In graph theory, a **Moore graph** is a regular graph of degree *d* and diameter *k* whose number of vertices equals the upper bound

An equivalent definition of a Moore graph is that it is a graph of diameter *k* with girth 2*k* + 1. Moore graphs were named by Hoffman & Singleton (1960) after Edward F. Moore, who posed the question of describing and classifying these graphs.

As well as having the maximum possible number of vertices for a given combination of degree and diameter, Moore graphs have the minimum possible number of vertices for a regular graph with given degree and girth. That is, any Moore graph is a cage (Erdõs, Rényi & Sós 1966). The formula for the number of vertices in a Moore graph can be generalized to allow a definition of Moore graphs with even girth as well as odd girth, and again these graphs are cages.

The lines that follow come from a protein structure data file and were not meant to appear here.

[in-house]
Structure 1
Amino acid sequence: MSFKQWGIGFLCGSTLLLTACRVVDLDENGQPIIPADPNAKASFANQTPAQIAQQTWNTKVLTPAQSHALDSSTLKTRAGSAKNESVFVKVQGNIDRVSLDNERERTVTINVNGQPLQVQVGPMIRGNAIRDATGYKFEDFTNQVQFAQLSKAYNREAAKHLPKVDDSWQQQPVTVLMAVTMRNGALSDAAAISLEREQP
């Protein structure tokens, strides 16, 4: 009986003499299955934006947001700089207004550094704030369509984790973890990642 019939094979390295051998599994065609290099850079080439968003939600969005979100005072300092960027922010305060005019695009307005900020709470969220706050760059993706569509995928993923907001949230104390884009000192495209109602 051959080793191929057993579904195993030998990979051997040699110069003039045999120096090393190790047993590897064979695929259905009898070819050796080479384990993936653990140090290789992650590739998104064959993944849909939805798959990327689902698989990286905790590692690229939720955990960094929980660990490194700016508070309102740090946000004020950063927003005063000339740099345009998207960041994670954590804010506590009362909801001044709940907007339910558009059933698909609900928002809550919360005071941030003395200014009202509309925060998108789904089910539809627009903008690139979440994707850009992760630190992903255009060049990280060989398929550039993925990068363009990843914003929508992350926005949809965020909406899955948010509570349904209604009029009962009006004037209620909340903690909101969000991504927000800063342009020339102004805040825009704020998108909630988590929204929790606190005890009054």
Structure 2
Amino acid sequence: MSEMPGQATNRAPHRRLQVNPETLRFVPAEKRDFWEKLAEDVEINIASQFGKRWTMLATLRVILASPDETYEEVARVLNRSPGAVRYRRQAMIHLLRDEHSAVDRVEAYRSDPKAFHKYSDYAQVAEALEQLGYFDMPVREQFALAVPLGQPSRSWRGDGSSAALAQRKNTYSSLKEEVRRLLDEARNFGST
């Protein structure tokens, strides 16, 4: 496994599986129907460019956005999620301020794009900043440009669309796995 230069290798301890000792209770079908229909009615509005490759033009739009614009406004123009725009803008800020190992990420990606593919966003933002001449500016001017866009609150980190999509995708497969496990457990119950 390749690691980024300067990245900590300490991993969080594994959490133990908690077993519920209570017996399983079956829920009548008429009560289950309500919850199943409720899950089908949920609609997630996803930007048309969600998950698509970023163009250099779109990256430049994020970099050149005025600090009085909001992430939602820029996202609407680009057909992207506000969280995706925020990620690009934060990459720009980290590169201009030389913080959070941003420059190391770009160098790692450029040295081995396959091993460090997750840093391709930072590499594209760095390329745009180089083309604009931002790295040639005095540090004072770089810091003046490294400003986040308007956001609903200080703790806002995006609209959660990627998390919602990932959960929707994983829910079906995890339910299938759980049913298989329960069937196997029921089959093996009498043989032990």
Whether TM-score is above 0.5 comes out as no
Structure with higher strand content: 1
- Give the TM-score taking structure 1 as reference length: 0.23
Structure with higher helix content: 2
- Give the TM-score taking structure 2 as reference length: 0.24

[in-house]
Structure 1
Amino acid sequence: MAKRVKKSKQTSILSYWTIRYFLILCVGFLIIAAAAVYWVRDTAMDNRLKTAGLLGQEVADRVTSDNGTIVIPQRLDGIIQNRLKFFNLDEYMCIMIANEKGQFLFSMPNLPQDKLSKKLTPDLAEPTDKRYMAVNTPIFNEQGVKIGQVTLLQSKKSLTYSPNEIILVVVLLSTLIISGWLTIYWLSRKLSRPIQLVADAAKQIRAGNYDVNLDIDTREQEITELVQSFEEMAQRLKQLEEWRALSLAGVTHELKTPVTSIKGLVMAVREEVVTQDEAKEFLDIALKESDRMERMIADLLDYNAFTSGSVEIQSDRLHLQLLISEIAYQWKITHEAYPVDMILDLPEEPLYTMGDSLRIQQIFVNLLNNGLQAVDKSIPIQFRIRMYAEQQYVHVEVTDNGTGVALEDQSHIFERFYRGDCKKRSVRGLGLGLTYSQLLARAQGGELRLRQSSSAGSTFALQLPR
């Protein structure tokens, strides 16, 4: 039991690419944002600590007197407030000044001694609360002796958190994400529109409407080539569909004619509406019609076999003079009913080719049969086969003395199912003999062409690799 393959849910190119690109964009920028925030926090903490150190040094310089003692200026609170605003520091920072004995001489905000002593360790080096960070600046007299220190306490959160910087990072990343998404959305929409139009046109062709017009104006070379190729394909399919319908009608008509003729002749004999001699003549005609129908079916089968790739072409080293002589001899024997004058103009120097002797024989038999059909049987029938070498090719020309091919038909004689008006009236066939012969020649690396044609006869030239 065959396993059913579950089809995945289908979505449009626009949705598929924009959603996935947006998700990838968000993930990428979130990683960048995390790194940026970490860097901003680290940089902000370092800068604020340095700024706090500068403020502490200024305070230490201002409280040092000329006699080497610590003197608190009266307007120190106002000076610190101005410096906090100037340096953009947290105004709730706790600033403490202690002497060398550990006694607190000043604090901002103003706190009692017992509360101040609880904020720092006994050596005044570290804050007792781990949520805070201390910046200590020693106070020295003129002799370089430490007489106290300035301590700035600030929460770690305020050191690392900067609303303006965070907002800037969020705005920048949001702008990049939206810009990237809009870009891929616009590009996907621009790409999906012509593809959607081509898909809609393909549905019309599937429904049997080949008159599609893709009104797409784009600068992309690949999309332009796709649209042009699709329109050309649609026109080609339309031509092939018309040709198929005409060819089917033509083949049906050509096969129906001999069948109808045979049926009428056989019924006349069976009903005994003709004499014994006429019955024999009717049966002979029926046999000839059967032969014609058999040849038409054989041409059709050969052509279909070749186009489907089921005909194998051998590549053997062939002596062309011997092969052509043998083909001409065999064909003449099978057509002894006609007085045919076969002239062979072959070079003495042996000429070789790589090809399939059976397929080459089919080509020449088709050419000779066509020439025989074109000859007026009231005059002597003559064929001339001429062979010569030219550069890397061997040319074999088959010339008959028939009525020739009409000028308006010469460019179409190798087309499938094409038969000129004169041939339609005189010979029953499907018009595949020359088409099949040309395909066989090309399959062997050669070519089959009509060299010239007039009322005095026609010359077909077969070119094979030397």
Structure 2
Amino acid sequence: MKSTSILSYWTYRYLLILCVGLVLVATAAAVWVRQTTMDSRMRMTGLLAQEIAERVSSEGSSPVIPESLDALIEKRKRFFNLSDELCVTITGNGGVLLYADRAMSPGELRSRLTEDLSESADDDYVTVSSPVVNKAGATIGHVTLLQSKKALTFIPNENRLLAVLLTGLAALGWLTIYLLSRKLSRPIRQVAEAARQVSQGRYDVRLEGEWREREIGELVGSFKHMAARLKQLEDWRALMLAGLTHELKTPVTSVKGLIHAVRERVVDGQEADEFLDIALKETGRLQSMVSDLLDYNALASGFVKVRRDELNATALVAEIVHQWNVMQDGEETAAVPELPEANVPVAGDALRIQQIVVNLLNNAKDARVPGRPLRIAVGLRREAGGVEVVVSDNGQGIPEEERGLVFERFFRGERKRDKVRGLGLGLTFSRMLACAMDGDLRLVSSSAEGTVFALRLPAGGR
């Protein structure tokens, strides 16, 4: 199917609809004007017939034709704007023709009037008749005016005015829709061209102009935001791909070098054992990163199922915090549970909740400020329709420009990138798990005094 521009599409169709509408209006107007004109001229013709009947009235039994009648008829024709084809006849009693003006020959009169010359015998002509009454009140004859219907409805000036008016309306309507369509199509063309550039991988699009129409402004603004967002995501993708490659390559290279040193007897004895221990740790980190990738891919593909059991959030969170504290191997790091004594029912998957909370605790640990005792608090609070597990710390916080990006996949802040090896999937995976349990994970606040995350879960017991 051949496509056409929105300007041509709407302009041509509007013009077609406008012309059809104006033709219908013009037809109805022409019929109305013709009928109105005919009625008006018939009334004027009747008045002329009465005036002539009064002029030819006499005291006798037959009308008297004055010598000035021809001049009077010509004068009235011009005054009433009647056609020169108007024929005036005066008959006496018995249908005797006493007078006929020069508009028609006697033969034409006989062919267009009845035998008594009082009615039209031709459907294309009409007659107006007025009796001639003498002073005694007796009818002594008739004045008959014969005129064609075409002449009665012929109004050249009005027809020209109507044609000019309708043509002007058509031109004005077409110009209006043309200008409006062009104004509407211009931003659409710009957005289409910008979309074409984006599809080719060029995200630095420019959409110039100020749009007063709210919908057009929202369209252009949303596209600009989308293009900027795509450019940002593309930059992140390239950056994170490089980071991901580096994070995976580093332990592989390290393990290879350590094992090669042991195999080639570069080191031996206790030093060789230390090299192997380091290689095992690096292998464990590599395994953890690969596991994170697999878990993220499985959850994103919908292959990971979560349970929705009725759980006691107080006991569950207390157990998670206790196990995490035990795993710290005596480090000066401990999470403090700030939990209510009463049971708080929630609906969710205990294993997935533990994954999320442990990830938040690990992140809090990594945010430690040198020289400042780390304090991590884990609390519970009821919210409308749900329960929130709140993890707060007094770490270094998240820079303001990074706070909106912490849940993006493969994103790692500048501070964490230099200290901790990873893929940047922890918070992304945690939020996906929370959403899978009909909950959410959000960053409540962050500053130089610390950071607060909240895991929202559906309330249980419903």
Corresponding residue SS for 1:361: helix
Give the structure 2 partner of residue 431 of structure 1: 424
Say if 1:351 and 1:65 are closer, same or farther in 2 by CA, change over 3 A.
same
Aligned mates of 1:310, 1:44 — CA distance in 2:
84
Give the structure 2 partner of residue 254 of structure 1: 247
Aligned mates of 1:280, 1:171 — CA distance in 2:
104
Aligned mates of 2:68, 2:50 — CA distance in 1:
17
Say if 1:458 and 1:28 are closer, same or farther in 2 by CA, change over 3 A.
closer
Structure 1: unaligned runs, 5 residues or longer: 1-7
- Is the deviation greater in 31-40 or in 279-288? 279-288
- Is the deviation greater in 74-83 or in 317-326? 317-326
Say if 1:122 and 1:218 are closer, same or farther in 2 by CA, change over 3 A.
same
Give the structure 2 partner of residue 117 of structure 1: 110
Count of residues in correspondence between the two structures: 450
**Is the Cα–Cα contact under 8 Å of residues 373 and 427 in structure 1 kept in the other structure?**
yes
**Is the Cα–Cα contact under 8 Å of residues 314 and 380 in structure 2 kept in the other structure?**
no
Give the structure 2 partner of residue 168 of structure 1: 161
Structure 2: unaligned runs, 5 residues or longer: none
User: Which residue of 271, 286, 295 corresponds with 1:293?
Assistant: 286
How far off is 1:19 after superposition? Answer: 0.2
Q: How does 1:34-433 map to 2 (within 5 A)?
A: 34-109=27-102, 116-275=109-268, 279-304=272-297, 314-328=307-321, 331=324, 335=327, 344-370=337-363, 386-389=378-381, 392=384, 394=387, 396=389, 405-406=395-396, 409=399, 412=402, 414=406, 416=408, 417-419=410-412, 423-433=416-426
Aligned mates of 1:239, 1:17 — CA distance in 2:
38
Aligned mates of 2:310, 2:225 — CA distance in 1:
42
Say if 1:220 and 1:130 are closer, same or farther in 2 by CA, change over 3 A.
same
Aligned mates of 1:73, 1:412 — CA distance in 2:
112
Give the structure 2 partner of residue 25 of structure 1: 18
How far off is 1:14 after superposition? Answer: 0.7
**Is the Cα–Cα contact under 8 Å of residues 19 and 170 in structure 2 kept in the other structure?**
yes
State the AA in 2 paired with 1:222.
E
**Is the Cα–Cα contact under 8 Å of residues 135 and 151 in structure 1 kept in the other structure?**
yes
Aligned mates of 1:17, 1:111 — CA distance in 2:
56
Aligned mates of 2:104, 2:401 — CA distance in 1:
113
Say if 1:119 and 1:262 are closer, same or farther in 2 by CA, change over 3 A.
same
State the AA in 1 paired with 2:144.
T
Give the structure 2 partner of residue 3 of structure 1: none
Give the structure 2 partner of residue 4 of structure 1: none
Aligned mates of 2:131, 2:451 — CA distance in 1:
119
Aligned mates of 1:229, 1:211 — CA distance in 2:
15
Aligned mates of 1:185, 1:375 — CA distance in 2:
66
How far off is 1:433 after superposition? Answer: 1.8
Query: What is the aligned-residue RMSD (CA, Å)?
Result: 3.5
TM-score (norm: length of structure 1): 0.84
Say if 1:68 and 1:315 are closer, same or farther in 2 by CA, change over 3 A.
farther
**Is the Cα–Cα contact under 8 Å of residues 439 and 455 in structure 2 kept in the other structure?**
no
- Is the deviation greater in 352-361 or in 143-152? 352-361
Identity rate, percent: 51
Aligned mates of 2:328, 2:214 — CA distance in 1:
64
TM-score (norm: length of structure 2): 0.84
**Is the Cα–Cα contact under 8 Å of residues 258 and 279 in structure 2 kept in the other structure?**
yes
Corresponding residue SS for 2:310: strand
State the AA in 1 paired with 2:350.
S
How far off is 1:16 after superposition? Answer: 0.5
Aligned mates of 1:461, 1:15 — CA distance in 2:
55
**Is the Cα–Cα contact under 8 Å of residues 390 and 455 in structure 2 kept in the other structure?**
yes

Read more about Moore Graph: Bounding Vertices By Degree and Diameter, Moore Graphs As Cages, Examples

### Other articles related to "moore graph, moore graphs, graphs, graph":

**Moore Graph**- Examples

... The Hoffman–Singleton theorem states that any

**Moore graph**with girth 5 must have degree 2, 3, 7, or 57 ... The

**Moore graphs**are The complete

**graphs**on n > 2 nodes ... n, girth 2n+1, degree 2, order 2n+1) The Petersen

**graph**...

### Famous quotes containing the words graph and/or moore:

“When producers want to know what the public wants, they *graph* it as curves. When they want to tell the public what to get, they say it in curves.”

—Marshall McLuhan (1911–1980)

“‘Twas that friends, the belov’d of my bosom, were near,

Who made every dear scene of enchantment more dear,”

—Thomas *Moore* (1779–1852)